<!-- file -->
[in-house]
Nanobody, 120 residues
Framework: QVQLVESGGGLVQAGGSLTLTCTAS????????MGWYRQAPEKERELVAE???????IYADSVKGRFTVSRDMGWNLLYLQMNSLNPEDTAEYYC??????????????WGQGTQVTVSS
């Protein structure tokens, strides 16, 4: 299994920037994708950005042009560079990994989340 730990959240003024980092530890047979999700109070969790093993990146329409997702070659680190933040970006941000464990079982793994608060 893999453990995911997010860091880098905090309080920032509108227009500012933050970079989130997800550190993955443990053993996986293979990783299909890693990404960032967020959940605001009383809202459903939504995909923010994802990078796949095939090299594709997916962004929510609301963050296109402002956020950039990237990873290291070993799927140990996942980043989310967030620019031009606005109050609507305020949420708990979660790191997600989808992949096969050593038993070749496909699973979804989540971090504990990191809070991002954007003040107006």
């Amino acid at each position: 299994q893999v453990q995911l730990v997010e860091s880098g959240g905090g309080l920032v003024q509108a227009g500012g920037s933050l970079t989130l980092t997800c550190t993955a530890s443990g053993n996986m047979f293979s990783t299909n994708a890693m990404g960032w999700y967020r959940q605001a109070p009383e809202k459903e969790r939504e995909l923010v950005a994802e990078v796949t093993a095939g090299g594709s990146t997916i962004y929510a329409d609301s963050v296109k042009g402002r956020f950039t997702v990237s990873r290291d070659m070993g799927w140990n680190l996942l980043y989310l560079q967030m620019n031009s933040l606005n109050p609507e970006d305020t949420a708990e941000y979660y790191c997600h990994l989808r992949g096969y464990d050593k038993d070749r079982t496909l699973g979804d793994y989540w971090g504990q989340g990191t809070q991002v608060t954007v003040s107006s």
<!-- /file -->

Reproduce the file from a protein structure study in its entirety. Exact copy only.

[in-house]
Nanobody, 120 residues
Framework: QVQLVESGGGLVQAGGSLTLTCTAS????????MGWYRQAPEKERELVAE???????IYADSVKGRFTVSRDMGWNLLYLQMNSLNPEDTAEYYC??????????????WGQGTQVTVSS
């Protein structure tokens, strides 16, 4: 299994920037994708950005042009560079990994989340 730990959240003024980092530890047979999700109070969790093993990146329409997702070659680190933040970006941000464990079982793994608060 893999453990995911997010860091880098905090309080920032509108227009500012933050970079989130997800550190993955443990053993996986293979990783299909890693990404960032967020959940605001009383809202459903939504995909923010994802990078796949095939090299594709997916962004929510609301963050296109402002956020950039990237990873290291070993799927140990996942980043989310967030620019031009606005109050609507305020949420708990979660790191997600989808992949096969050593038993070749496909699973979804989540971090504990990191809070991002954007003040107006």
């Amino acid at each position: 299994q893999v453990q995911l730990v997010e860091s880098g959240g905090g309080l920032v003024q509108a227009g500012g920037s933050l970079t989130l980092t997800c550190t993955a530890s443990g053993n996986m047979f293979s990783t299909n994708a890693m990404g960032w999700y967020r959940q605001a109070p009383e809202k459903e969790r939504e995909l923010v950005a994802e990078v796949t093993a095939g090299g594709s990146t997916i962004y929510a329409d609301s963050v296109k042009g402002r956020f950039t997702v990237s990873r290291d070659m070993g799927w140990n680190l996942l980043y989310l560079q967030m620019n031009s933040l606005n109050p609507e970006d305020t949420a708990e941000y979660y790191c997600h990994l989808r992949g096969y464990d050593k038993d070749r079982t496909l699973g979804d793994y989540w971090g504990q989340g990191t809070q991002v608060t954007v003040s107006s």